IN this volume you will find 24 Koryak tales of the Mice Girls, of Whale Festivals, the Ermine People, Fox Woman, Fish Woman and Monster Man. Unlike any European Märchen, these stories do not have the dramatic turns of Western folk-lore. There is no Cinderella nor a Puss in Boots. The struggle for survival is the perpetual theme, and no wonder, for the narrators dwell in a distant and hostile land.

Koryaks are an indigenous north-east Asian people living mainly on the northern part of the Kamchatka peninsula in what is now the Russian Federation. The Koryak Autonomous Region is just a little larger than Arizona, and with a current population of fewer than 35,000 people. The Koryak were conquered by Cossack pioneer-adventurers in the end of the seventeenth century and more or less incorporated into the Russian empire by the middle of the eighteenth. The Tsar levied an annual fur tribute and demanded some transportation services, but otherwise left them alone. The Soviets collectivized their subsistence production, and Stalin's Terror saw many shamans and successful reindeer herders summarily executed.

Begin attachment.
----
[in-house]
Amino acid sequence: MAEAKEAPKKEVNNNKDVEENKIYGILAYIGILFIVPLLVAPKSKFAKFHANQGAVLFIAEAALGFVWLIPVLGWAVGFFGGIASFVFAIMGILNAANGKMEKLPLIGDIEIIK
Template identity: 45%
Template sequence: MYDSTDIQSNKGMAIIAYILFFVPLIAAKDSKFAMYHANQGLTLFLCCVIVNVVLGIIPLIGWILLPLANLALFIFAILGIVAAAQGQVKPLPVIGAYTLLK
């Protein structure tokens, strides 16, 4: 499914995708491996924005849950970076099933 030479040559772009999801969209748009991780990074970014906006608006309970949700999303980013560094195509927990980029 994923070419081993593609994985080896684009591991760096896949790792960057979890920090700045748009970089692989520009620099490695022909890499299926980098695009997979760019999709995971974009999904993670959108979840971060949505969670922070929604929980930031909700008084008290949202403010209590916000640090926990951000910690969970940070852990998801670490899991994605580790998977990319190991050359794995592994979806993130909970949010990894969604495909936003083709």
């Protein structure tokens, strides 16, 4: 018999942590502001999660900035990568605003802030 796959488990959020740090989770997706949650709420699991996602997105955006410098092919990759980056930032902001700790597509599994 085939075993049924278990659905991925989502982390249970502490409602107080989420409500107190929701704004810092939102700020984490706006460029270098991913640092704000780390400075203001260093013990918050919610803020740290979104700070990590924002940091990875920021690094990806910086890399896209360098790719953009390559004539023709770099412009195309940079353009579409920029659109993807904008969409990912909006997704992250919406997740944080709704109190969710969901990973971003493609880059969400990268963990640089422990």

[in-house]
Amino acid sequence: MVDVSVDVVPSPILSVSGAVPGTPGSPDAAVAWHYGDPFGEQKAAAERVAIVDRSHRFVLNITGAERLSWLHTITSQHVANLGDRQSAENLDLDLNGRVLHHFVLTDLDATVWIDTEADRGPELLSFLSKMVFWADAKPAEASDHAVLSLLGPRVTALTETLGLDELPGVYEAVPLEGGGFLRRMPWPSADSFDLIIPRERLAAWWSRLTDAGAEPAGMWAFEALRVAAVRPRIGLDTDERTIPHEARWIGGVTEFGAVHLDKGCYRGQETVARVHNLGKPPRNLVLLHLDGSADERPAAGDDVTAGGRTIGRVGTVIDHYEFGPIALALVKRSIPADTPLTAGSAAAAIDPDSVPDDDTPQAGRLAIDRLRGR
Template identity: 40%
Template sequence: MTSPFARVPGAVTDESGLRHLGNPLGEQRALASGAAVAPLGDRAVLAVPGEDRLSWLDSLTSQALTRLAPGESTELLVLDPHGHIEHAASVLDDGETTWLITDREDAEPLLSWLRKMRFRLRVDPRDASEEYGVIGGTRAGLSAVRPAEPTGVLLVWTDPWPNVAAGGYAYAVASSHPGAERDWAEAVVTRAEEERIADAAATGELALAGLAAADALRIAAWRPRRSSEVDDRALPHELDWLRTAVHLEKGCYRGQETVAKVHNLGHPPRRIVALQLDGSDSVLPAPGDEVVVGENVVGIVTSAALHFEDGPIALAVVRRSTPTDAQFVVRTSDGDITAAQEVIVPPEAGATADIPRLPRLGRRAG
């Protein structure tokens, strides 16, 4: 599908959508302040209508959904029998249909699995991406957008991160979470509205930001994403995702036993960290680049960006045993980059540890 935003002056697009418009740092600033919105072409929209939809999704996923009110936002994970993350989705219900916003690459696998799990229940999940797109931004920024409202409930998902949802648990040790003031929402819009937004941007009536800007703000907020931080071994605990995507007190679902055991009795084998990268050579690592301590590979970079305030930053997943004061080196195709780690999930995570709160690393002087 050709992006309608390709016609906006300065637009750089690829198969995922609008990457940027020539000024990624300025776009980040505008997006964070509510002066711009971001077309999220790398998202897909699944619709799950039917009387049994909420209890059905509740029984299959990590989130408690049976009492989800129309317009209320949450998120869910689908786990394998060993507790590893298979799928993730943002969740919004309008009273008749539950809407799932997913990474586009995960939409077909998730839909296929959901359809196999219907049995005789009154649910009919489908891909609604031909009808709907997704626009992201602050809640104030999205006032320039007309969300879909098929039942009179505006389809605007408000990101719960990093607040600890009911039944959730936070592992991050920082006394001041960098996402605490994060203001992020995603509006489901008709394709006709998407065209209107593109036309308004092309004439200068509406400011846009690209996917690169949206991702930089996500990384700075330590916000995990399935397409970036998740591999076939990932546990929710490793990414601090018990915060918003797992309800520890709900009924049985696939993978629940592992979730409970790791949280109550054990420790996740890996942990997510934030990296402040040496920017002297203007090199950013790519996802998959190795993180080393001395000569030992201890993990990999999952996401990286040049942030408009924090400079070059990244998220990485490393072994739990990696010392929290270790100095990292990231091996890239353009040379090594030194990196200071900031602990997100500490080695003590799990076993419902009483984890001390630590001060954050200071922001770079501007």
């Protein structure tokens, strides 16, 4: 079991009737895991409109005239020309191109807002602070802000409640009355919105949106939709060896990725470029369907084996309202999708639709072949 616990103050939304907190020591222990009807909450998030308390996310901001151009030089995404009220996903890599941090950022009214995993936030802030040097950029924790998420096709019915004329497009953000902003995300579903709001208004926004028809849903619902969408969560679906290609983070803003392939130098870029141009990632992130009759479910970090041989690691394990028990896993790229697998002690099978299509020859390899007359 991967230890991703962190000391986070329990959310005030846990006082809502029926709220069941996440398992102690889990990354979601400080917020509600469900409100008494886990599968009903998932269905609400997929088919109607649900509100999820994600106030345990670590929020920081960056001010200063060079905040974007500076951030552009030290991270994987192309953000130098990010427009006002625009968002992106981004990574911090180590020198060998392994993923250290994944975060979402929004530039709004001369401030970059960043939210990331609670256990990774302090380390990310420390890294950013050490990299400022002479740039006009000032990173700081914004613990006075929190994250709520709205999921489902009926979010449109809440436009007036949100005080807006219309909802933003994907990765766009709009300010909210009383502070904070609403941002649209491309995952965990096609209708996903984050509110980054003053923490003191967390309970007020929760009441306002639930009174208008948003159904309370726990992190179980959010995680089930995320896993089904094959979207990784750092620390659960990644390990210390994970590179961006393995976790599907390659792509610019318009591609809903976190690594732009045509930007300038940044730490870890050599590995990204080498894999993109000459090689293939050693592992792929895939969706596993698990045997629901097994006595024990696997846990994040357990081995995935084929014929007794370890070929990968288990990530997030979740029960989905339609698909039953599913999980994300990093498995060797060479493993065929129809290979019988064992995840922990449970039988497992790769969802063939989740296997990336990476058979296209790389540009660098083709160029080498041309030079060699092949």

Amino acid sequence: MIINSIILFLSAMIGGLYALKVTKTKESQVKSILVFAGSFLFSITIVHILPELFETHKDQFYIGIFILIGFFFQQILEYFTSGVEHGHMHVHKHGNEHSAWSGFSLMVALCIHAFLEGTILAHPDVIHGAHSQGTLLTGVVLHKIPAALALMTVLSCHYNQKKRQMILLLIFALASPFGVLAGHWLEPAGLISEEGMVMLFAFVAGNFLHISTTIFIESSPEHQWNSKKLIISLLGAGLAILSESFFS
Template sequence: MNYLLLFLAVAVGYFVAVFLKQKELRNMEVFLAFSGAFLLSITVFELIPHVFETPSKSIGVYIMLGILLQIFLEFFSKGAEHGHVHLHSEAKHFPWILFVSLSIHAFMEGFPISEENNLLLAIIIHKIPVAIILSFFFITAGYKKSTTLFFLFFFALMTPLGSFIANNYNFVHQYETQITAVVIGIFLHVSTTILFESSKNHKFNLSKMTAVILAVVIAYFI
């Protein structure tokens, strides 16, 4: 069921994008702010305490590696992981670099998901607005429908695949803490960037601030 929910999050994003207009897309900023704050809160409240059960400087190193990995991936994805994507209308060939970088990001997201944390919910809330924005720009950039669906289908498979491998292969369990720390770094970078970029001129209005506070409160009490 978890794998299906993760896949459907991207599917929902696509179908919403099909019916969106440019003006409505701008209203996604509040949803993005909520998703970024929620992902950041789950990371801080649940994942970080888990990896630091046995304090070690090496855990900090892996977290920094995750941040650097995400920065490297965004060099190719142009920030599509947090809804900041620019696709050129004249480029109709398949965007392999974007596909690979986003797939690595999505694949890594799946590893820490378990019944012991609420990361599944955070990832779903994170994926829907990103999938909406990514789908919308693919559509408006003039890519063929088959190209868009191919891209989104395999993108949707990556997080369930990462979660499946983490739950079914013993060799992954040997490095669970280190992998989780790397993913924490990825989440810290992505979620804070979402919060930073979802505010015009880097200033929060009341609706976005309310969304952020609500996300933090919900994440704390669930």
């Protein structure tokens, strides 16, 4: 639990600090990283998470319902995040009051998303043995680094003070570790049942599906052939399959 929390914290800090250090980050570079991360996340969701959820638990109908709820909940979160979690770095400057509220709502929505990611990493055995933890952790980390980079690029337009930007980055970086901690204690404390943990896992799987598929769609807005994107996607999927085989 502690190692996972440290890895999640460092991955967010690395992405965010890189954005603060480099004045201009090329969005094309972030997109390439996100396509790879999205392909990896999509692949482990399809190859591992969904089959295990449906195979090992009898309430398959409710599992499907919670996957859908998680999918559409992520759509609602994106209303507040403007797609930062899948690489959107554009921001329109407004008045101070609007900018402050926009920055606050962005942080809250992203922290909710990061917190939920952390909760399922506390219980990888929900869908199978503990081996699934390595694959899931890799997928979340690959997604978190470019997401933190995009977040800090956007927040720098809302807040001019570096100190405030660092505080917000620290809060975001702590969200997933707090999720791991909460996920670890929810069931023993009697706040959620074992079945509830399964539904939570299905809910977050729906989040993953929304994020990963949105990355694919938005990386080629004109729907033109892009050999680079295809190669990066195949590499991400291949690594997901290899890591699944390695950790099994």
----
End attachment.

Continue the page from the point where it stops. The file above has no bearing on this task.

The name Koryak was from the exonym word 'Korak' meaning 'with the reindeer (kor)'. Koryaks practice a form of animist belief system especially via shamanism. Koryak mythology centres around the supernatural shaman Quikil (Big-Raven) who was the first man and protector of the Koryak and who features prominently in this volume. Raven myths are also found in the Tlingit, Tsimshian, and other Northwest Coast Amerindians suggesting a broad cultural area stretching from current day Kamchatka across the Bering Strait into Alaska and Canada.

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